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Photoshop is the world’s most powerful image editor, and it’s arguably the most complex, as well. Fortunately, nobody knows the program like award-winning book and video author Deke McClelland. Join Deke as he explores such indispensable Photoshop features as resolution, cropping, color correction, retouching, and layers. Gain expertise with real-world projects that make sense. Exercise files accompany the course.
Download Deke's free dekeKeys and color settings from the Exercise Files tab.
In this exercise, I'm going to show you how to invert the colors in a layer and then match those colors to another layer inside your composition. Specifically, we're going to invert the moon and then we're going to match it to the fiery red background. Along the way, we'll take advantage of a couple of color adjustment functions, at least one of which we haven't seen so far. I'm still working inside Road moon & sky. psd, found inside the 08_selections folder. Make sure that the moon layer is selected. Click on it, if it's not. Then to invert the colors, that is to create a kind of photonegative effect where everybody switches to its luminous opposite, that is black becomes white, white becomes black, red becomes cyan, blue becomes yellow and so on.
You go up to the Image menu, you choose Adjustments and you choose Invert, or better yet, you press Ctrl +I or Command+I on the Mac. Now even though that's a static modification, that permanently affects the colors of pixels inside that layer, it's nondestructive, meaning I can press Ctrl+I or Command+I to restore the exact original version of that moon, with no harm done. The reason I can do that is because every luminance level has an exact and unique opposite, so none of the colors step on each other.
The only time you have a destructive edit in Photoshop is when two or more pixels that were formerly different colors, become one color. That doesn't happen with Invert. Anyway, I'll press Ctrl+I, Command+ I on the Mac, to invert that image. The next step is to go to a command that is definitely destructive. It's only available as a static command. You can't apply it as an Adjustment layer. You go up to the Image menu, you choose the Adjustments command, and you choose this guy right there, Match Color. It brings up what has got to be Photoshop's most poorly organized dialog box ever.
The reason I say this is because it is totally upside down and nothing is selected properly, by default. So, you start with this option here. Of all the options inside the dialog box, you start with Source, down here in the bottom-left corner. You change it from None, which why in the world would you want a Source of None? Because presumably, you're trying to match the color of something, otherwise you wouldn't be here. But None is what Photoshop guesses. What you want is the name of the current image, which in our case is Road moon & sky.psd.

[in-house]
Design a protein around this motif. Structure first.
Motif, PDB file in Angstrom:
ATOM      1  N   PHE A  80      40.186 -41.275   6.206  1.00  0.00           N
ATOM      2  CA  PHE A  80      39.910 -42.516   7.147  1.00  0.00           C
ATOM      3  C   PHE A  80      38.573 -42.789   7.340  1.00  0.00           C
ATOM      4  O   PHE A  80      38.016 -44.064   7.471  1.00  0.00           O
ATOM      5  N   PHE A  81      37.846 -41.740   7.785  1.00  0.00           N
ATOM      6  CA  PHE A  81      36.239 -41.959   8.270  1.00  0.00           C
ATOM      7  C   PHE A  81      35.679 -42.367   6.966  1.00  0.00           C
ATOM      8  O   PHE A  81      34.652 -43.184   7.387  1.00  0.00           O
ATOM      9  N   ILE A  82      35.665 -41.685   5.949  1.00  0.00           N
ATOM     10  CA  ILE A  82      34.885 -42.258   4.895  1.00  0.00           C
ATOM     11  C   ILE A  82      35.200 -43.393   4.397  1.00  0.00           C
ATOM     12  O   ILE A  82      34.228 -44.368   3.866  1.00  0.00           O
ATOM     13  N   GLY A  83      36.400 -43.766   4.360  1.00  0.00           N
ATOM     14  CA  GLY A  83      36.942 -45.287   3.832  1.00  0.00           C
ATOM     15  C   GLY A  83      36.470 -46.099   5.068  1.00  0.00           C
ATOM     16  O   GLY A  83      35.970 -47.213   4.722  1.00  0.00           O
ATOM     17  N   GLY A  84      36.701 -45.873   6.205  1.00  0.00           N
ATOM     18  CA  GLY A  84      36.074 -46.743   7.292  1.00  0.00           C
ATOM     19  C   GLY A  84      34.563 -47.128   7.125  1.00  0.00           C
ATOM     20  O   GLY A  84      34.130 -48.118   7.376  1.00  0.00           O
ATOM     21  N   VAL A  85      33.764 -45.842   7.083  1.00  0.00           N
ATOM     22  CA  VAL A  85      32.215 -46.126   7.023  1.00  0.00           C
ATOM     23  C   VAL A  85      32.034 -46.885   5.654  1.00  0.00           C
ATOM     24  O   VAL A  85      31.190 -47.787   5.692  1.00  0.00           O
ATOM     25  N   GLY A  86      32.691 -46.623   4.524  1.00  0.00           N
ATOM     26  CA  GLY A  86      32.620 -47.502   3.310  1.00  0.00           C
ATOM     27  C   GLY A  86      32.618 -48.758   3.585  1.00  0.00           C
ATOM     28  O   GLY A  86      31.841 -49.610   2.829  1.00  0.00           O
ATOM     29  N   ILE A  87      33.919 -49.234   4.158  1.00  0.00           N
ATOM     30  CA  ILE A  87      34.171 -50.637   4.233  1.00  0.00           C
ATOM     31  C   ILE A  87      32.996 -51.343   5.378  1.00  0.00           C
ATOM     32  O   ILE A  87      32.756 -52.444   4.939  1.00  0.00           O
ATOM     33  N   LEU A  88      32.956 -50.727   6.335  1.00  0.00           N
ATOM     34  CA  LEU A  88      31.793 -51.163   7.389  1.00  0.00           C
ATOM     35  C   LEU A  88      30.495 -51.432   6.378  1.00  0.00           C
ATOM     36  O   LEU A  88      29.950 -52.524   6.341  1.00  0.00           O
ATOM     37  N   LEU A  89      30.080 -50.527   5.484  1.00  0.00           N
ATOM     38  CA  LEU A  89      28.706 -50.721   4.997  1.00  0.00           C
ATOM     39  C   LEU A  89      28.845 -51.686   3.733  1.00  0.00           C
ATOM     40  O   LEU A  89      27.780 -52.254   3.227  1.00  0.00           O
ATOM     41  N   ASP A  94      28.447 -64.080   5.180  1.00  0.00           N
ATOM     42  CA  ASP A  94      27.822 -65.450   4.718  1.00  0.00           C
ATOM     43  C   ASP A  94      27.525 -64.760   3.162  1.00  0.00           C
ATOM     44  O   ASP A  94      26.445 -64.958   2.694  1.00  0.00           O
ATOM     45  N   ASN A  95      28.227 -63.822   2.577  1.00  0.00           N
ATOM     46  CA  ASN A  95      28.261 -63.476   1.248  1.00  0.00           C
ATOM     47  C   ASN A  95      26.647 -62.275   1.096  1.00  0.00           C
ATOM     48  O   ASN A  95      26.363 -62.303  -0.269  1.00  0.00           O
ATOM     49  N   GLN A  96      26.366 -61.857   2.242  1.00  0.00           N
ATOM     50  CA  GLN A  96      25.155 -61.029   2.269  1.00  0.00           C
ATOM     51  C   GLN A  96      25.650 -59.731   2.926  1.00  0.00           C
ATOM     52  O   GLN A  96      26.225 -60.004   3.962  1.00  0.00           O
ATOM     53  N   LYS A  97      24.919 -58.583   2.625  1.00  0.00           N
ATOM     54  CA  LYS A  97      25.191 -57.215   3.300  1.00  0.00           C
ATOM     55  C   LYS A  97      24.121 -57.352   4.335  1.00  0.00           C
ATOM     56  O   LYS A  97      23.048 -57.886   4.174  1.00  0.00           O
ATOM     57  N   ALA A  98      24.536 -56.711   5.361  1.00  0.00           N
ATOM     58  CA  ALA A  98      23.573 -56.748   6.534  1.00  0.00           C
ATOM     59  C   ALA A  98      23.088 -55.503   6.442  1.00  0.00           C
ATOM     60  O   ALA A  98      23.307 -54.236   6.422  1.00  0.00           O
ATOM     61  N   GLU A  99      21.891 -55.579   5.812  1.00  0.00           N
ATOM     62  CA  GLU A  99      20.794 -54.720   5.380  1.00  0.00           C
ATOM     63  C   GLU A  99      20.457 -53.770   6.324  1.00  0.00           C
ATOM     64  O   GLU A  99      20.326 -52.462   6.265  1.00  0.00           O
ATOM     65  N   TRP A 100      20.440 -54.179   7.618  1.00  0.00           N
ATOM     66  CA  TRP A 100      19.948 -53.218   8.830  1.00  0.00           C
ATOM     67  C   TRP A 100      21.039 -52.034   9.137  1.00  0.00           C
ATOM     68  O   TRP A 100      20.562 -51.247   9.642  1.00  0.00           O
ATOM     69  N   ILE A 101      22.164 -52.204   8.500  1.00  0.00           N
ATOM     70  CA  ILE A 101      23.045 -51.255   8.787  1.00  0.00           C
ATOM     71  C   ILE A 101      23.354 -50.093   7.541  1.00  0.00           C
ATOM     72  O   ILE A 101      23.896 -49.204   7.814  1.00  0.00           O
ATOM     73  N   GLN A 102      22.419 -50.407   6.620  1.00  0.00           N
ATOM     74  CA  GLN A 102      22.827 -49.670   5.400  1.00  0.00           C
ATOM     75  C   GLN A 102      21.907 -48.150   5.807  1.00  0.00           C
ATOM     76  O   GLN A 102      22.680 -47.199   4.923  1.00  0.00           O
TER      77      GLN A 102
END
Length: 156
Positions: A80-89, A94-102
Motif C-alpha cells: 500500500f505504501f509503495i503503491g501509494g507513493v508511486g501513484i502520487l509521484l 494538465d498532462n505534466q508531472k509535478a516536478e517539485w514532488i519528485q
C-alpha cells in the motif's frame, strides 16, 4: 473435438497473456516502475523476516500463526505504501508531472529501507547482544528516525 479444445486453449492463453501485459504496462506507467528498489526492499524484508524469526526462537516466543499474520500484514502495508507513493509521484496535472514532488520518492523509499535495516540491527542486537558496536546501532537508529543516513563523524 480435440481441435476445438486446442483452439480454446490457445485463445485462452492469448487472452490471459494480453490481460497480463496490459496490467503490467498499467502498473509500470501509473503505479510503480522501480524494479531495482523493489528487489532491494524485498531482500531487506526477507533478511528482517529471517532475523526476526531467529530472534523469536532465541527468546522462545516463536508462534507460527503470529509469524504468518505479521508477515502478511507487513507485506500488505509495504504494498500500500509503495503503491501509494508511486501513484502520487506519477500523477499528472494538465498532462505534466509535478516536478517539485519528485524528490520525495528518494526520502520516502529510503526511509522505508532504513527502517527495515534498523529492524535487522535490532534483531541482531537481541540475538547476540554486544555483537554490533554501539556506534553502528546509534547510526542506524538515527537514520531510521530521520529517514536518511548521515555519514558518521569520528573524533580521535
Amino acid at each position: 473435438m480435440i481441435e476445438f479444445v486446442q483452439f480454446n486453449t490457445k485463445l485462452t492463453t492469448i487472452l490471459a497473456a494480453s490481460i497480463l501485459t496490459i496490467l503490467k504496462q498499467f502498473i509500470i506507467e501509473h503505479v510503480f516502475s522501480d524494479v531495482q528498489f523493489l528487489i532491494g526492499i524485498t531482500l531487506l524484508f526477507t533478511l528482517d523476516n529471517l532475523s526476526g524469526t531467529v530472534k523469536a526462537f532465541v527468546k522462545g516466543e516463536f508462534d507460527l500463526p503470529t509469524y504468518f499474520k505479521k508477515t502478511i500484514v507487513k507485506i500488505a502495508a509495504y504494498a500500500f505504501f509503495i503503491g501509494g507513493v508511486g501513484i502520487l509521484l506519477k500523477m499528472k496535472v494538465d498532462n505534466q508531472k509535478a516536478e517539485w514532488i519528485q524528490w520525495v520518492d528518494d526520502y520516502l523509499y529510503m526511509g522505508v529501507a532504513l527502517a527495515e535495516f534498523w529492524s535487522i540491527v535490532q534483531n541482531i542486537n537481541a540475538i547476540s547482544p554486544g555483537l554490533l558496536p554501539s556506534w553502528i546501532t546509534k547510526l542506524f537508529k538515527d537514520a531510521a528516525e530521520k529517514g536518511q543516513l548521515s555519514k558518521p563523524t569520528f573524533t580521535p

If you've been working along with me since very beginning, then your image would be called the Fiery sky.jpg. Anyway, go ahead and select it. Then you need to specify the layer that you want to match. By default, again, Photoshop gets it wrong. It goes ahead and selects the active layer, which is never going to be the right choice, because you don't need to come to Match Color to match the colors of the active layer, it already is its own colors. So you'd switch from moon to, in our case, Background, because we want to match that fiery red sky. Then we start to achieve some meaningful results.
Now it's time to go up to Luminance and Color Intensity and Fade. Now Luminance is going to allow us to make the moon either lighter or darker. So if we take up the Luminance value, we're going to brighten the moon. If we take down the Luminance value, which is what I want, we're going to darken the moon. I'm going to take it down to 50. Color Intensity is going to determine how saturated the colors are, based on the saturation levels inside the layer we're trying to match. So it's going to infuse the moon with either more reds and yellows, or fewer reds and yellows.
And in my case, I do want fewer, but not quite this low. I'll go ahead and pump that value up to 75. These values are based on trial and error on my part. They are in no way magic values that you use with every single image. Fade allows you to fade the coloring away. So at 0, you're going to get full strength color, which if you ask me, it doesn't make any sense, but that's the way it is. If you increase this value, you're going to get less color, that is you're going to infuse less color from the background sky. So a value of 100% means you're fading away the effect entirely, which presumably, you'd never want to do.
Anyway, I'm going to change that Fade value to 0. You also have the option of neutralizing what Photoshop considers to be the neutral details inside of the moon. So, it's going to try to flatten out some of the colors, change them to gray. You're going to lose color. No matter what you do, you're going to lose color with Neutralize, but you may find that it's effective for some situations. In our case, it's not, so turn it off. These are the values we're looking for, and that's it. Go ahead and click OK in order to recolor that moon. Just to give you a sense of what we've done here, let's zoom in on the image a little bit.
I'll drag it down, so that we can see the very top of the Image window. I'm going to press Ctrl+Semicolon, or Command+ Semicolon on the Mac, in order to hide that Guideline. Now I'll press the F12 key, in order to restore the last saved version of my composition. There's the original colors in the moon, and here are the altered splendidly red of the moon, thanks to the power of the Invert command, which is nondestructive and the flawed, but exceedingly powerful Match Color command, here inside Photoshop.
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